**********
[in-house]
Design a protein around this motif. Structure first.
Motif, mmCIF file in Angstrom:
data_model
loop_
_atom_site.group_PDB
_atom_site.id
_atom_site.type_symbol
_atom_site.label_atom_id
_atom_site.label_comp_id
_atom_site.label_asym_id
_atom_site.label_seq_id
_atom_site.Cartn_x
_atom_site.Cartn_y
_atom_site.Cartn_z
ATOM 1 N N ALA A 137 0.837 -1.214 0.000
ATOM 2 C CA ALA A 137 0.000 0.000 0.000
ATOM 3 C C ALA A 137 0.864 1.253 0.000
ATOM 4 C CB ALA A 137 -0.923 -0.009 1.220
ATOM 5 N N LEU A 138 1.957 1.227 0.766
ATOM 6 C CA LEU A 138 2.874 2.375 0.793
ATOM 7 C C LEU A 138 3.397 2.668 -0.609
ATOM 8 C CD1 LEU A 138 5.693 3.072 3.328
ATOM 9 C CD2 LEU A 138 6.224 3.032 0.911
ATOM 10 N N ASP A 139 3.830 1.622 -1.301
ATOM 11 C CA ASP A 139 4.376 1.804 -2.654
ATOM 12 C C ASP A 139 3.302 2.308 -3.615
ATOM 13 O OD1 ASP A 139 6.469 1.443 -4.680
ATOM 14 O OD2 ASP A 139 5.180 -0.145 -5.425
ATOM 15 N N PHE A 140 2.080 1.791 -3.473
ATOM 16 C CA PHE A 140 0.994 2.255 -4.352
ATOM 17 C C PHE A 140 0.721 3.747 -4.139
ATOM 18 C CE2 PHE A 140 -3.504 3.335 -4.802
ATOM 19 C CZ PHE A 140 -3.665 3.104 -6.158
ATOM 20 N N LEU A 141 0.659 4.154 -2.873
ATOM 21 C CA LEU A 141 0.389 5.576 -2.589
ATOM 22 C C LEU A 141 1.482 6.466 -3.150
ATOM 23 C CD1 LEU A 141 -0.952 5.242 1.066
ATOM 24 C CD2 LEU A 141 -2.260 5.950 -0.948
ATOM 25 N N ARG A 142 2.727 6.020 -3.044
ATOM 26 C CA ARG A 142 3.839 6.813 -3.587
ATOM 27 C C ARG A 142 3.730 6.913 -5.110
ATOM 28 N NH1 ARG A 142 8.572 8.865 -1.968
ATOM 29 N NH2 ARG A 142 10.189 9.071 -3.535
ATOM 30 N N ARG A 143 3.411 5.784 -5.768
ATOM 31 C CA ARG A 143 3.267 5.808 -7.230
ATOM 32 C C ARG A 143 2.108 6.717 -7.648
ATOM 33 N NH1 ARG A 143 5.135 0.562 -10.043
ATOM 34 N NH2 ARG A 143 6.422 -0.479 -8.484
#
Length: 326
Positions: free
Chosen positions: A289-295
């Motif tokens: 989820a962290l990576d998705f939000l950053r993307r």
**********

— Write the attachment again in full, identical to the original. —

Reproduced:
[in-house]
Design a protein around this motif. Structure first.
Motif, mmCIF file in Angstrom:
data_model
loop_
_atom_site.group_PDB
_atom_site.id
_atom_site.type_symbol
_atom_site.label_atom_id
_atom_site.label_comp_id
_atom_site.label_asym_id
_atom_site.label_seq_id
_atom_site.Cartn_x
_atom_site.Cartn_y
_atom_site.Cartn_z
ATOM 1 N N ALA A 137 0.837 -1.214 0.000
ATOM 2 C CA ALA A 137 0.000 0.000 0.000
ATOM 3 C C ALA A 137 0.864 1.253 0.000
ATOM 4 C CB ALA A 137 -0.923 -0.009 1.220
ATOM 5 N N LEU A 138 1.957 1.227 0.766
ATOM 6 C CA LEU A 138 2.874 2.375 0.793
ATOM 7 C C LEU A 138 3.397 2.668 -0.609
ATOM 8 C CD1 LEU A 138 5.693 3.072 3.328
ATOM 9 C CD2 LEU A 138 6.224 3.032 0.911
ATOM 10 N N ASP A 139 3.830 1.622 -1.301
ATOM 11 C CA ASP A 139 4.376 1.804 -2.654
ATOM 12 C C ASP A 139 3.302 2.308 -3.615
ATOM 13 O OD1 ASP A 139 6.469 1.443 -4.680
ATOM 14 O OD2 ASP A 139 5.180 -0.145 -5.425
ATOM 15 N N PHE A 140 2.080 1.791 -3.473
ATOM 16 C CA PHE A 140 0.994 2.255 -4.352
ATOM 17 C C PHE A 140 0.721 3.747 -4.139
ATOM 18 C CE2 PHE A 140 -3.504 3.335 -4.802
ATOM 19 C CZ PHE A 140 -3.665 3.104 -6.158
ATOM 20 N N LEU A 141 0.659 4.154 -2.873
ATOM 21 C CA LEU A 141 0.389 5.576 -2.589
ATOM 22 C C LEU A 141 1.482 6.466 -3.150
ATOM 23 C CD1 LEU A 141 -0.952 5.242 1.066
ATOM 24 C CD2 LEU A 141 -2.260 5.950 -0.948
ATOM 25 N N ARG A 142 2.727 6.020 -3.044
ATOM 26 C CA ARG A 142 3.839 6.813 -3.587
ATOM 27 C C ARG A 142 3.730 6.913 -5.110
ATOM 28 N NH1 ARG A 142 8.572 8.865 -1.968
ATOM 29 N NH2 ARG A 142 10.189 9.071 -3.535
ATOM 30 N N ARG A 143 3.411 5.784 -5.768
ATOM 31 C CA ARG A 143 3.267 5.808 -7.230
ATOM 32 C C ARG A 143 2.108 6.717 -7.648
ATOM 33 N NH1 ARG A 143 5.135 0.562 -10.043
ATOM 34 N NH2 ARG A 143 6.422 -0.479 -8.484
#
Length: 326
Positions: free
Chosen positions: A289-295
């Motif tokens: 989820a962290l990576d998705f939000l950053r993307r």